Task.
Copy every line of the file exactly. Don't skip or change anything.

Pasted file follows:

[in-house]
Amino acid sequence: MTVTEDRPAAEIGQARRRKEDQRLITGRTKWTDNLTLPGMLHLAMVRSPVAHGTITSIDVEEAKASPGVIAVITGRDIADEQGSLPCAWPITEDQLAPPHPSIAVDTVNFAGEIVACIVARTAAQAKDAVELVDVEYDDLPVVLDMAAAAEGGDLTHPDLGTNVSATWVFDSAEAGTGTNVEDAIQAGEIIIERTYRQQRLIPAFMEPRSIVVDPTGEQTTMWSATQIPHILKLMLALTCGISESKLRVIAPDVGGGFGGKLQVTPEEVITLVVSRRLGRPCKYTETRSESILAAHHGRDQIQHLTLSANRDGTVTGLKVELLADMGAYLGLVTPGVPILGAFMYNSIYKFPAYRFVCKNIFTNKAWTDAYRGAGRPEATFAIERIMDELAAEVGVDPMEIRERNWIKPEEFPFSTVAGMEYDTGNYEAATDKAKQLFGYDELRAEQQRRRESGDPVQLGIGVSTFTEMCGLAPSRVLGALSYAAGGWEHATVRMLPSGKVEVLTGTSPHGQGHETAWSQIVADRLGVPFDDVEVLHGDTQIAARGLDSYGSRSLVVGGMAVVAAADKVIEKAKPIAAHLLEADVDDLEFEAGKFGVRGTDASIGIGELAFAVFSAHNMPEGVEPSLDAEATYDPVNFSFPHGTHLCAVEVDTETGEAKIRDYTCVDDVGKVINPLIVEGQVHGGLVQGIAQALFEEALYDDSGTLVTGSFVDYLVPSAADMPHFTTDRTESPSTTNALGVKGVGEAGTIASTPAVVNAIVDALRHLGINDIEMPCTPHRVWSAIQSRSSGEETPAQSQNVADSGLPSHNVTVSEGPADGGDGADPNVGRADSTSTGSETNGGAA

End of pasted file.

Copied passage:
[in-house]
Amino acid sequence: MTVTEDRPAAEIGQARRRKEDQRLITGRTKWTDNLTLPGMLHLAMVRSPVAHGTITSIDVEEAKASPGVIAVITGRDIADEQGSLPCAWPITEDQLAPPHPSIAVDTVNFAGEIVACIVARTAAQAKDAVELVDVEYDDLPVVLDMAAAAEGGDLTHPDLGTNVSATWVFDSAEAGTGTNVEDAIQAGEIIIERTYRQQRLIPAFMEPRSIVVDPTGEQTTMWSATQIPHILKLMLALTCGISESKLRVIAPDVGGGFGGKLQVTPEEVITLVVSRRLGRPCKYTETRSESILAAHHGRDQIQHLTLSANRDGTVTGLKVELLADMGAYLGLVTPGVPILGAFMYNSIYKFPAYRFVCKNIFTNKAWTDAYRGAGRPEATFAIERIMDELAAEVGVDPMEIRERNWIKPEEFPFSTVAGMEYDTGNYEAATDKAKQLFGYDELRAEQQRRRESGDPVQLGIGVSTFTEMCGLAPSRVLGALSYAAGGWEHATVRMLPSGKVEVLTGTSPHGQGHETAWSQIVADRLGVPFDDVEVLHGDTQIAARGLDSYGSRSLVVGGMAVVAAADKVIEKAKPIAAHLLEADVDDLEFEAGKFGVRGTDASIGIGELAFAVFSAHNMPEGVEPSLDAEATYDPVNFSFPHGTHLCAVEVDTETGEAKIRDYTCVDDVGKVINPLIVEGQVHGGLVQGIAQALFEEALYDDSGTLVTGSFVDYLVPSAADMPHFTTDRTESPSTTNALGVKGVGEAGTIASTPAVVNAIVDALRHLGINDIEMPCTPHRVWSAIQSRSSGEETPAQSQNVADSGLPSHNVTVSEGPADGGDGADPNVGRADSTSTGSETNGGAA